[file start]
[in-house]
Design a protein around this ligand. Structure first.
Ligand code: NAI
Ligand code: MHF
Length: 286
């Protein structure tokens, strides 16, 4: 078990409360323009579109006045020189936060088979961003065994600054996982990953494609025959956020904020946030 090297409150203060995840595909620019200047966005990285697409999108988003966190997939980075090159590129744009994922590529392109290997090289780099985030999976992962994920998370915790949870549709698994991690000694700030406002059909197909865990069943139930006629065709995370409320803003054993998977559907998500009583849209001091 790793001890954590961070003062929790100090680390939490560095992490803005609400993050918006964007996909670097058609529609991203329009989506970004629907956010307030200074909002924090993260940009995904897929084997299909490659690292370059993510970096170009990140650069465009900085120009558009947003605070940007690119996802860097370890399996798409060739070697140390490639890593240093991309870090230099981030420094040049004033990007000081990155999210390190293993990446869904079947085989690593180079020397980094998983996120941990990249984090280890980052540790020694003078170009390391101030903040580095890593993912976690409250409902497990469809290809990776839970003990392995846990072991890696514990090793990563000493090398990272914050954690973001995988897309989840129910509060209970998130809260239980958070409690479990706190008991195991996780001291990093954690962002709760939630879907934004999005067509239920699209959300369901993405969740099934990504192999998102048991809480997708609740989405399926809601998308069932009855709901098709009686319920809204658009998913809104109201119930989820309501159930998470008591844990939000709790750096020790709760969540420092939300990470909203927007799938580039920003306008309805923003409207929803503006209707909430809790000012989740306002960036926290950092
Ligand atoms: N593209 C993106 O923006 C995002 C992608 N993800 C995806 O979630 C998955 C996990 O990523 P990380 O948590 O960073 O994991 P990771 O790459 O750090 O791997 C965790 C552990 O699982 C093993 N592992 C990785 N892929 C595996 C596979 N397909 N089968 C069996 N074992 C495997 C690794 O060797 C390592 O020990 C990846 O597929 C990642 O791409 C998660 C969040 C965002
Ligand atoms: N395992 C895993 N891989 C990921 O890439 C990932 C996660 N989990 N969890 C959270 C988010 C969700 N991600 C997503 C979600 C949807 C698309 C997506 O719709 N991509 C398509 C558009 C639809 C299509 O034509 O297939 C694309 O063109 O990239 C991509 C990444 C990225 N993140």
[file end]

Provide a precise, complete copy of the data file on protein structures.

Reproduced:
[in-house]
Design a protein around this ligand. Structure first.
Ligand code: NAI
Ligand code: MHF
Length: 286
């Protein structure tokens, strides 16, 4: 078990409360323009579109006045020189936060088979961003065994600054996982990953494609025959956020904020946030 090297409150203060995840595909620019200047966005990285697409999108988003966190997939980075090159590129744009994922590529392109290997090289780099985030999976992962994920998370915790949870549709698994991690000694700030406002059909197909865990069943139930006629065709995370409320803003054993998977559907998500009583849209001091 790793001890954590961070003062929790100090680390939490560095992490803005609400993050918006964007996909670097058609529609991203329009989506970004629907956010307030200074909002924090993260940009995904897929084997299909490659690292370059993510970096170009990140650069465009900085120009558009947003605070940007690119996802860097370890399996798409060739070697140390490639890593240093991309870090230099981030420094040049004033990007000081990155999210390190293993990446869904079947085989690593180079020397980094998983996120941990990249984090280890980052540790020694003078170009390391101030903040580095890593993912976690409250409902497990469809290809990776839970003990392995846990072991890696514990090793990563000493090398990272914050954690973001995988897309989840129910509060209970998130809260239980958070409690479990706190008991195991996780001291990093954690962002709760939630879907934004999005067509239920699209959300369901993405969740099934990504192999998102048991809480997708609740989405399926809601998308069932009855709901098709009686319920809204658009998913809104109201119930989820309501159930998470008591844990939000709790750096020790709760969540420092939300990470909203927007799938580039920003306008309805923003409207929803503006209707909430809790000012989740306002960036926290950092
Ligand atoms: N593209 C993106 O923006 C995002 C992608 N993800 C995806 O979630 C998955 C996990 O990523 P990380 O948590 O960073 O994991 P990771 O790459 O750090 O791997 C965790 C552990 O699982 C093993 N592992 C990785 N892929 C595996 C596979 N397909 N089968 C069996 N074992 C495997 C690794 O060797 C390592 O020990 C990846 O597929 C990642 O791409 C998660 C969040 C965002
Ligand atoms: N395992 C895993 N891989 C990921 O890439 C990932 C996660 N989990 N969890 C959270 C988010 C969700 N991600 C997503 C979600 C949807 C698309 C997506 O719709 N991509 C398509 C558009 C639809 C299509 O034509 O297939 C694309 O063109 O990239 C991509 C990444 C990225 N993140």